[ARTICLE OF CLOTHING]__________________________________

Oh my god, CSI is Scooby Doo. And it is just about as intellectually demanding to watch as well. To be fair, Scooby Doo did get a bit tired after some time as well. At which point they brought in guest stars like Abbot and Costello or the Harlem Globetrotters. Even as a kid I thought this was a bit desperate (however, Don Knotts rocked on Scooby Doo). But at least the Mystery Machine was necessary to haul around a crew four kids and a great dane. I never saw more than two people in Horatio’s Hummer.

Unlike the weak spin-off that was Scrappy Doo, they at least got different actors for all of the CSIs. I praise them for making sure that the acting was consistently shitty across all versions of the show. To be fair, I can understand how someone would think that David Crusoe is a good actor. If that person had not ever heard him talk, seen him move, or ever remove a pair of sunglasses.

As a testament to the dramatic quality they wanted to put into the show, they brought in Jerry Bruckheimer. This is a general rule of thumb I use when I decide to watch a television show or film: if Jerry Bruckheimer’s name is anywhere in the credits, I stay the hell away. A bit harsh of a generalization, you say? Let us look at some of his recent contribution to modern popular culture:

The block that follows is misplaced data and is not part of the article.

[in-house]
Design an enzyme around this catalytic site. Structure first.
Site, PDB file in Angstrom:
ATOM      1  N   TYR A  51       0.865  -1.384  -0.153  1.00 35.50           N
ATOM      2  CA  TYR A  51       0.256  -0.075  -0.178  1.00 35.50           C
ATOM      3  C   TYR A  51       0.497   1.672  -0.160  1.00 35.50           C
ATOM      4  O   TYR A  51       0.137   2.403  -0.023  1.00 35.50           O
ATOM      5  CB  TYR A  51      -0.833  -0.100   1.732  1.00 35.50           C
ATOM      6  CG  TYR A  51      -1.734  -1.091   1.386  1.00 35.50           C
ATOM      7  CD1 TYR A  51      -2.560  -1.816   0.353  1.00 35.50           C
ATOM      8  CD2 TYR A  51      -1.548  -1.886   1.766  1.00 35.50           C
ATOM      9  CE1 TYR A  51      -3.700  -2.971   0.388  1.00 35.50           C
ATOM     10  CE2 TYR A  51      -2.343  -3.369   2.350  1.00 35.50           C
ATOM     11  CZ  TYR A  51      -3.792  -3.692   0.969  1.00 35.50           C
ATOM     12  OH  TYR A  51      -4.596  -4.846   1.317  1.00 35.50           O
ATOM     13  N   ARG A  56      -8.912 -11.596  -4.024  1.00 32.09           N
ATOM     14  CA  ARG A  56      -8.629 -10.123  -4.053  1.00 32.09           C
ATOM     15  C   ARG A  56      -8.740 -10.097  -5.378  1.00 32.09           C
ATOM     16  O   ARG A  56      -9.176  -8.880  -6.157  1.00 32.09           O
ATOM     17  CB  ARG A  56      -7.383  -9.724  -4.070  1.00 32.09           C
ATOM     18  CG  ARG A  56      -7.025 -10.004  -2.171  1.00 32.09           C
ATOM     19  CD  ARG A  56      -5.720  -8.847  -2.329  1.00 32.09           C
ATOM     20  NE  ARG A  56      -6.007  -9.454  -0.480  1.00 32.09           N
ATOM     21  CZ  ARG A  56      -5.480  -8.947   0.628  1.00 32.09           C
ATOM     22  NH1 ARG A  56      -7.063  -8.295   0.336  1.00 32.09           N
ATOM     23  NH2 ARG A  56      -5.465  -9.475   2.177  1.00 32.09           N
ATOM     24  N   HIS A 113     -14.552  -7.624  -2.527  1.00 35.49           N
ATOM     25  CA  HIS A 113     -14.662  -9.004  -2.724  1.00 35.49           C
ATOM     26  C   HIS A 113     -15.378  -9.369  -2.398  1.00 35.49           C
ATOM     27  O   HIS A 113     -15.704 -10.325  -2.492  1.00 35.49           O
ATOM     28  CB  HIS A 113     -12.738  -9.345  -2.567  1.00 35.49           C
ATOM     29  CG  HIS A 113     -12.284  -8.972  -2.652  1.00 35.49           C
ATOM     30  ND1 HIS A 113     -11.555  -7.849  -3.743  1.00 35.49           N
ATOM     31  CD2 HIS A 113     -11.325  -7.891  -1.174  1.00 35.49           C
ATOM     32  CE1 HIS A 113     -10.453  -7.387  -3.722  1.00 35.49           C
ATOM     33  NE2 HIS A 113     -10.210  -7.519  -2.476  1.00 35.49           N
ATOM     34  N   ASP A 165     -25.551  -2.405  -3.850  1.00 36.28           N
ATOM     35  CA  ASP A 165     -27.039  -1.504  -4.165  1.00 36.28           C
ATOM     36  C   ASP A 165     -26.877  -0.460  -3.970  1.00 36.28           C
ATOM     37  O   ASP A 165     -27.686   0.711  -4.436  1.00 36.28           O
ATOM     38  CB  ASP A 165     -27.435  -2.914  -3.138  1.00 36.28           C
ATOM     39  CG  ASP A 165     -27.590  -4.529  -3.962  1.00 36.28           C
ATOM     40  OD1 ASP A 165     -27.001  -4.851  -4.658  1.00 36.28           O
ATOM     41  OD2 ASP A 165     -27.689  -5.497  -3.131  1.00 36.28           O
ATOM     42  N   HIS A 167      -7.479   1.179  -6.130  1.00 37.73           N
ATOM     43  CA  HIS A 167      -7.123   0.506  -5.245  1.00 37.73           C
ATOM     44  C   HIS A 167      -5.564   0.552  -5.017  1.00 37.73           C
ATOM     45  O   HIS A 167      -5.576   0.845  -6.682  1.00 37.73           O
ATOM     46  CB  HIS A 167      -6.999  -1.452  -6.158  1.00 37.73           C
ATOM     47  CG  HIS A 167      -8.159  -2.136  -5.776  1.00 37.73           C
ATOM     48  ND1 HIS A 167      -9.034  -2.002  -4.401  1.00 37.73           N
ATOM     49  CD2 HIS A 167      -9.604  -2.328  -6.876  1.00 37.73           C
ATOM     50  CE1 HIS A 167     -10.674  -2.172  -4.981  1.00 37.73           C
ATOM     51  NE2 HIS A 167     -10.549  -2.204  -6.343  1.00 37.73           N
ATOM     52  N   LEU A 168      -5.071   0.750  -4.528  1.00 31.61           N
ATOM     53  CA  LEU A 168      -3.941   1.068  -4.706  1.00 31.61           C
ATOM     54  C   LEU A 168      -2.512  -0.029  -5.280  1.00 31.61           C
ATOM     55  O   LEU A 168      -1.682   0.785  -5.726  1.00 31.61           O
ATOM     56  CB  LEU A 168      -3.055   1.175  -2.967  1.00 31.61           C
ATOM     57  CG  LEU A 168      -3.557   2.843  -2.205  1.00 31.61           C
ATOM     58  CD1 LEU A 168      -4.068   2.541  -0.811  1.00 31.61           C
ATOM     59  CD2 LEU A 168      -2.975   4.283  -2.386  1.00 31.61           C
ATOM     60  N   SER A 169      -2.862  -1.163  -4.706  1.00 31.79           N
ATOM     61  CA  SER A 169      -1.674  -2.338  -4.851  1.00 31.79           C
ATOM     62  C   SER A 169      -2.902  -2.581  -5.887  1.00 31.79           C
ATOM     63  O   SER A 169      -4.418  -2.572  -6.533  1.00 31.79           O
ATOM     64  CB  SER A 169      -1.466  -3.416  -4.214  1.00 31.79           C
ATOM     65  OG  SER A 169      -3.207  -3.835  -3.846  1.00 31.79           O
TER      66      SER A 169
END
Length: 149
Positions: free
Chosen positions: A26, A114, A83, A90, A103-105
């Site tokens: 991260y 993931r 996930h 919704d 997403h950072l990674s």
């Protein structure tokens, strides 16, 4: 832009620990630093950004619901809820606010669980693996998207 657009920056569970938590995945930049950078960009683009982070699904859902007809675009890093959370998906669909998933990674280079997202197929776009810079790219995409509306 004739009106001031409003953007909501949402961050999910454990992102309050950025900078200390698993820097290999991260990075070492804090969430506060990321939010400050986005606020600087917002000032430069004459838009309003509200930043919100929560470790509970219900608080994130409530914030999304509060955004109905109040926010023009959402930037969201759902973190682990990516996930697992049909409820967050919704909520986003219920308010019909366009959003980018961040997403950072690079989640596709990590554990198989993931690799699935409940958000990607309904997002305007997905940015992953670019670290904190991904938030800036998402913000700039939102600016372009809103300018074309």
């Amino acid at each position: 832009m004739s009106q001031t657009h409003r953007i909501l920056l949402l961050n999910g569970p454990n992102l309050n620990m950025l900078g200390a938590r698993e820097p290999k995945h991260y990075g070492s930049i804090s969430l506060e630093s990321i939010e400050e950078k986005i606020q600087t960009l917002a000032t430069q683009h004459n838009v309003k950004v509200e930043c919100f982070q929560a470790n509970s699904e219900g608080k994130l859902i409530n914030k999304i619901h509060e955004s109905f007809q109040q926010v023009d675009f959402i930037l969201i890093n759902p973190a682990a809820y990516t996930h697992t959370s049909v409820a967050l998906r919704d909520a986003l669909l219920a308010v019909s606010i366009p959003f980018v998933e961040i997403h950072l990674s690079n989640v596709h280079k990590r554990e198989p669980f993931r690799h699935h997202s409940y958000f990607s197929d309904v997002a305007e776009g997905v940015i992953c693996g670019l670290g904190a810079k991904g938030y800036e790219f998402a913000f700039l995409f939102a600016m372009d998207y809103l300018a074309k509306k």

• The Rock
  • Con Air
  • Armageddon
  • Gone in Sixty Seconds
  • Pearl Harbor

If you find yourself defending any of these cinematic turds, I praise you for actually having the intellectual wherewithal to understand the word “wherewithal.”

The CSI franchise and other similar shows (lest we forget NCIS) are an insult to a person’s intellect. They are rampant assaults on a person’s taste and are the formulaic, unthinking trash that is destroying the limp remainders of modern drama by continually and repeatedly lowering society’s standards for entertainment. And if that weren’t enough, they also kick me right in my sentimental beanbag as well since the shitwizzards behind this tripe decided on Who standards to serve as the theme songs.

And yet I can not stop watching it. I don’t know what it is, but every time I travel to the UK, I find myself turning this inane swill on. And I eat it up. I have not quite put my finger on what draws me to these shows. It is like mental porn. I know I am just wasting my time, but it is fun to look at. I suppose watching it is mental masturbation. Consider the parallels:

  • I feel like I shouldn’t do it.
  • I do it alone in a hotel room.
  • It’s awkward to admit to it in public.
  • Nothing productive comes of it.
  • I feel vaguely guilty afterward.

Well, CSI is coming on. It’s that one where the boxer dies in the ring, but actually they find some traces mercury in his locker… Awe fuck it. I’m going to watch Gordon Ramsay yell at someone.

One Comment

  1. What? How can you not love the Rock and Con Air? I guess you gonna tell me you don’t appreciate the fine acting skills of Nicolas Cage either?